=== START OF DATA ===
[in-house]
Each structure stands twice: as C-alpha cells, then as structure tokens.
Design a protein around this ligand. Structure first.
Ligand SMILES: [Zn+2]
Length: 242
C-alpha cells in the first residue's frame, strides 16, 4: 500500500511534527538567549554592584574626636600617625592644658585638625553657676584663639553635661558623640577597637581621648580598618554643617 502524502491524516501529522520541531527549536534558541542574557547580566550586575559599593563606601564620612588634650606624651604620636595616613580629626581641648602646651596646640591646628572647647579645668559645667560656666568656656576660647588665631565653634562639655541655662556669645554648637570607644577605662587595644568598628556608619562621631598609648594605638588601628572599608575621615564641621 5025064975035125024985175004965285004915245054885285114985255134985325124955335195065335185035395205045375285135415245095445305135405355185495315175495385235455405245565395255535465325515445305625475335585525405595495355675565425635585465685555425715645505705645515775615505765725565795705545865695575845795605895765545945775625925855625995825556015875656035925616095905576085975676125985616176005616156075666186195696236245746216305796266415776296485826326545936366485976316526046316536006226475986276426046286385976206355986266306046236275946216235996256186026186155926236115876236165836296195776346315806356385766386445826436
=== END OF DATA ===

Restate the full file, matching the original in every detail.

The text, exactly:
[in-house]
Each structure stands twice: as C-alpha cells, then as structure tokens.
Design a protein around this ligand. Structure first.
Ligand SMILES: [Zn+2]
Length: 242
C-alpha cells in the first residue's frame, strides 16, 4: 500500500511534527538567549554592584574626636600617625592644658585638625553657676584663639553635661558623640577597637581621648580598618554643617 502524502491524516501529522520541531527549536534558541542574557547580566550586575559599593563606601564620612588634650606624651604620636595616613580629626581641648602646651596646640591646628572647647579645668559645667560656666568656656576660647588665631565653634562639655541655662556669645554648637570607644577605662587595644568598628556608619562621631598609648594605638588601628572599608575621615564641621 5025064975035125024985175004965285004915245054885285114985255134985325124955335195065335185035395205045375285135415245095445305135405355185495315175495385235455405245565395255535465325515445305625475335585525405595495355675565425635585465685555425715645505705645515775615505765725565795705545865695575845795605895765545945775625925855625995825556015875656035925616095905576085975676125985616176005616156075666186195696236245746216305796266415776296485826326545936366485976316526046316536006226475986276426046286385976206355986266306046236275946216235996256186026186155926236115876236165836296195776346315806356385766386445826436